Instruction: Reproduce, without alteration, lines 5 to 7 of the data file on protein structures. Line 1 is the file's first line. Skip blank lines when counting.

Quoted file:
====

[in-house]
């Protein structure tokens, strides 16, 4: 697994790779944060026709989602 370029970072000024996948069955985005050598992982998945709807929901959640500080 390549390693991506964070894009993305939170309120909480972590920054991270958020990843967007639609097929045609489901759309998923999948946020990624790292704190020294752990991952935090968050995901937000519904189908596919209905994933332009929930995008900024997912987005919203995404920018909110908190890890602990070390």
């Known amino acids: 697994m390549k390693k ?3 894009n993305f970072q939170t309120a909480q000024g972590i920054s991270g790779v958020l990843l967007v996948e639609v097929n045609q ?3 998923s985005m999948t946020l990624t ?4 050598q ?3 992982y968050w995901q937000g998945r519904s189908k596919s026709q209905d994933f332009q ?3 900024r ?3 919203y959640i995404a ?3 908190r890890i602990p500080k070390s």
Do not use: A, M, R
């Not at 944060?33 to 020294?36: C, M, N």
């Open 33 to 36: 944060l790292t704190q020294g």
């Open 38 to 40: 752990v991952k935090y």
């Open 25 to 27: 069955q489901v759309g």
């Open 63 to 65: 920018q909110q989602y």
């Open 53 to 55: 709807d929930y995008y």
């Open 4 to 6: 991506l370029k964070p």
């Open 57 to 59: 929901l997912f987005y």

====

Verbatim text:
């Not at 944060?33 to 020294?36: C, M, N």
């Open 33 to 36: 944060l790292t704190q020294g």
């Open 38 to 40: 752990v991952k935090y």